If there is one thing our elites enjoy it is giving each other a big pat on the back and the extravagant celebrations planned for the 800th anniversary of the Magna Carta will give them lots of opportunities to do just that.
There may still be eighteen months to go before the actual anniversary itself but the commemoration events are well underway to mark the day in 1215 that King John was finally brought to heel by the barons and where limited government and Western constitutional freedom was born.
In Britain the BBC will broadcast TV documentaries, dramas and radio programmes, and the event is to even have its own opera and specially commissioned symphony. The occasion will be marked by commemorative stamps and the Royal Mint will issue a special £2 coin. In America high-powered lawyers and constitutional experts will be chewing over the meaning of it all at banquets, dinners, lectures and exhibitions in Boston, Washington and Philadelphia and 800 U.S. lawyers are expected to make the pilgrimage to Runnymede beside the Thames where the document was sealed.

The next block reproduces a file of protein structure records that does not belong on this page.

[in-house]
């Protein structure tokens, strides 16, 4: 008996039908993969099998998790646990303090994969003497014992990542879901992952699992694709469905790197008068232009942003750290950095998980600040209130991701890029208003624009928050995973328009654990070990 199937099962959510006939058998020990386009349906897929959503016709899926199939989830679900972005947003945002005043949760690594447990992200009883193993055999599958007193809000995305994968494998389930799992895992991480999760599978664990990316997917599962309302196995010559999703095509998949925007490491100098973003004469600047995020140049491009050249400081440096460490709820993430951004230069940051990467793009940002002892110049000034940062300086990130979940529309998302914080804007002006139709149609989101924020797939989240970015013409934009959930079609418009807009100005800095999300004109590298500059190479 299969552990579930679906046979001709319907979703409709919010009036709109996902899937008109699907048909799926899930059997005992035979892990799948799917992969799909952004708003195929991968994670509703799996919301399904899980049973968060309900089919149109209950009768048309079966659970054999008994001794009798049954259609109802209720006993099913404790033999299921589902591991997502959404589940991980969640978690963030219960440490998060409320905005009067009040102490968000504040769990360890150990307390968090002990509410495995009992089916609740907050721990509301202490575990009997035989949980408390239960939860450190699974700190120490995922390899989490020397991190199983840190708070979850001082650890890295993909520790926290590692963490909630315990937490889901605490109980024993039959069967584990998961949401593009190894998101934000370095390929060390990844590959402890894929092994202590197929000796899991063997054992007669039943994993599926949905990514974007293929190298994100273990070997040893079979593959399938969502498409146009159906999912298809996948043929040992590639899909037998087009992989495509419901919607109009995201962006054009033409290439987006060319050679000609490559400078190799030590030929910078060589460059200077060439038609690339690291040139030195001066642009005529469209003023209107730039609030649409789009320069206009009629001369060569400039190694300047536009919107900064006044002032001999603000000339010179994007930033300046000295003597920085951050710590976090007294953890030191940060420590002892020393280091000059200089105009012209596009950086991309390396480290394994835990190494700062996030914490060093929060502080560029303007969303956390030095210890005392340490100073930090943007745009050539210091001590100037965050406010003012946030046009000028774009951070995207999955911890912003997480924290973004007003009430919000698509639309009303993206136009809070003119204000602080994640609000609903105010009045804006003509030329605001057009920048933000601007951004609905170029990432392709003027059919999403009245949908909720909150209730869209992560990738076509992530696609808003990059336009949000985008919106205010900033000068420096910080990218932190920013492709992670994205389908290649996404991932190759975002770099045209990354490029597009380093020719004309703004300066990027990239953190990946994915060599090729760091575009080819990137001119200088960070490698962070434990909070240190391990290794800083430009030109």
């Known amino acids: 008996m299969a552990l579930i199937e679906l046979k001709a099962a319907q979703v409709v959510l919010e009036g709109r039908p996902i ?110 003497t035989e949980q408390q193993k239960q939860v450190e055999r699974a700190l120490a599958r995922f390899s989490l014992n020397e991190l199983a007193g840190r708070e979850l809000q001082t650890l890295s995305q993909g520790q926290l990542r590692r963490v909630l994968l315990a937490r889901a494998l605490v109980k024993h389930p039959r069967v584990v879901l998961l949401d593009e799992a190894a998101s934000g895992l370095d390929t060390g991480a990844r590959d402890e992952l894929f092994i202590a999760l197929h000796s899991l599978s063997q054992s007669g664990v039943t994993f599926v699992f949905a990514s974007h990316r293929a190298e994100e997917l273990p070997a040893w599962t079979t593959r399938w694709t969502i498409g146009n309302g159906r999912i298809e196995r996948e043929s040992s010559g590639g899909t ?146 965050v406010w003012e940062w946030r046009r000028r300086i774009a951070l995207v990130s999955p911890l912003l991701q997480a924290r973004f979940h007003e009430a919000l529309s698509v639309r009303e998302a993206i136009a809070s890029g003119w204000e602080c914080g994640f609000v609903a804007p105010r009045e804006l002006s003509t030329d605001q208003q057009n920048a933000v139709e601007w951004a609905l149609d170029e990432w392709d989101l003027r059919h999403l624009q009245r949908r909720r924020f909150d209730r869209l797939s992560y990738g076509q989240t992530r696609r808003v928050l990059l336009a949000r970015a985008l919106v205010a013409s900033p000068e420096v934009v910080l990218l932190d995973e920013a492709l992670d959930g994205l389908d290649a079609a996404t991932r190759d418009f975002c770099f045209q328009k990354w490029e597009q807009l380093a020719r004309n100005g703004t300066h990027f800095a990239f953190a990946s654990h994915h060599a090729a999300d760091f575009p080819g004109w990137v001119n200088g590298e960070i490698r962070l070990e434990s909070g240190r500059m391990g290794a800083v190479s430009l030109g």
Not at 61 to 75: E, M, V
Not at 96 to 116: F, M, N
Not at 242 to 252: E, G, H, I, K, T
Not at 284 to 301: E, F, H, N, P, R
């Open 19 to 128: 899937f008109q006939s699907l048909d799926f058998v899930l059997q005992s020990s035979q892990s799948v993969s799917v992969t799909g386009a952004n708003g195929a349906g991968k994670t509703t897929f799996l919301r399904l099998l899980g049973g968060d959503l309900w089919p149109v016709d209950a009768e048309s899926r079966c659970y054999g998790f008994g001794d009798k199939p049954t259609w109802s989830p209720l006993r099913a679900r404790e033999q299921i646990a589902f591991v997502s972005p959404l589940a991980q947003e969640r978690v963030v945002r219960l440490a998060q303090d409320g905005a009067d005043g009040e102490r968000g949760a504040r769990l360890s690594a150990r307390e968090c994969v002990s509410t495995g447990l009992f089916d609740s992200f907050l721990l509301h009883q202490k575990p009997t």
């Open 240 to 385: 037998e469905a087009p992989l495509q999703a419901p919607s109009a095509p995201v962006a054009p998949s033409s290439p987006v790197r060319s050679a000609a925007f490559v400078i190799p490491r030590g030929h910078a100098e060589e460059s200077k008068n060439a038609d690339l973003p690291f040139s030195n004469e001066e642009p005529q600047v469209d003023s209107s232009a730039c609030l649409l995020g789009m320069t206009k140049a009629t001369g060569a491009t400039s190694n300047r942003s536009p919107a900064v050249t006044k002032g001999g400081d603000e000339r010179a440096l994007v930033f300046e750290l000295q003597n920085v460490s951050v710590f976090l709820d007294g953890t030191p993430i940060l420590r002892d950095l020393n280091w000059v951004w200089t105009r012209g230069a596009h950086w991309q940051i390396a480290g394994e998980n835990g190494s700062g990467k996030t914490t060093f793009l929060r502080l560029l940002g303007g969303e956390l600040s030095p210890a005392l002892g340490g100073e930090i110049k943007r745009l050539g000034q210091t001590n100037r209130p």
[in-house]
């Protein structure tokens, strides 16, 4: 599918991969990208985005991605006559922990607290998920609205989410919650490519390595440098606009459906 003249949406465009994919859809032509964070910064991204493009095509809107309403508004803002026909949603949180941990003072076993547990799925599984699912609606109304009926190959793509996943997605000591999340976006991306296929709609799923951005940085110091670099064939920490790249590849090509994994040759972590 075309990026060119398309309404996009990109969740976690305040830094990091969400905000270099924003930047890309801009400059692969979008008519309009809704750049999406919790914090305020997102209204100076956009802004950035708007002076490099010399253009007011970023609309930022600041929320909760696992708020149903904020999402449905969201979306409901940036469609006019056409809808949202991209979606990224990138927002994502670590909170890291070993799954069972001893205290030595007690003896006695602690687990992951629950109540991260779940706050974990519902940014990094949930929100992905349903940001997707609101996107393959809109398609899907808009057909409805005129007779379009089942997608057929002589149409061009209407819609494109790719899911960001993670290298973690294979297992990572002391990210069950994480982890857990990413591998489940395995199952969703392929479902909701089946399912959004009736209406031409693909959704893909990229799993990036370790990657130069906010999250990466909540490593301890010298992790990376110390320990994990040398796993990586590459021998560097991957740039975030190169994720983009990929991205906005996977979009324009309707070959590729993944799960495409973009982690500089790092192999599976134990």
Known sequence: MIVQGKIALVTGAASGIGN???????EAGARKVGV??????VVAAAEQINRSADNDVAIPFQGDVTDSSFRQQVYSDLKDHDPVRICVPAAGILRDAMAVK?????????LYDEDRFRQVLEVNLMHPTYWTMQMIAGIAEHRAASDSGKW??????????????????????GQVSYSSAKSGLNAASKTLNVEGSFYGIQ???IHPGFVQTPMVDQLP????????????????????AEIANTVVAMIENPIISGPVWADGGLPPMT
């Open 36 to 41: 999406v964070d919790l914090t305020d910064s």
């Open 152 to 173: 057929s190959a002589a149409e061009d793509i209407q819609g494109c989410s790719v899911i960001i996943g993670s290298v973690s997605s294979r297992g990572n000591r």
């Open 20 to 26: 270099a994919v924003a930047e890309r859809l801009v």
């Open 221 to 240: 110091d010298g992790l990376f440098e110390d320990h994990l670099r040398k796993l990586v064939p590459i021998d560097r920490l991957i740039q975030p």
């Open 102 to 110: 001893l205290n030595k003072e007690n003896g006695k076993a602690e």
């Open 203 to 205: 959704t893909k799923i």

Across the English-speaking judicial world no single document is probably more venerated than the Great Charter. The Founding Fathers embedded it into the 1791 Bill of Rights in the shape of the Fifth Amendment that says no-one “can be deprived of life, liberty or property without due process of law”. And today it is regularly cited in newspaper editorials, political debates and Supreme Court judgments.
But amidst all the self-congratulation about habeas corpus, the right to trial by jury and how it’s wisdom shines down the through the ages and still has much to teach us, one awkward question should be asked, however churlish it might seem.. Read more »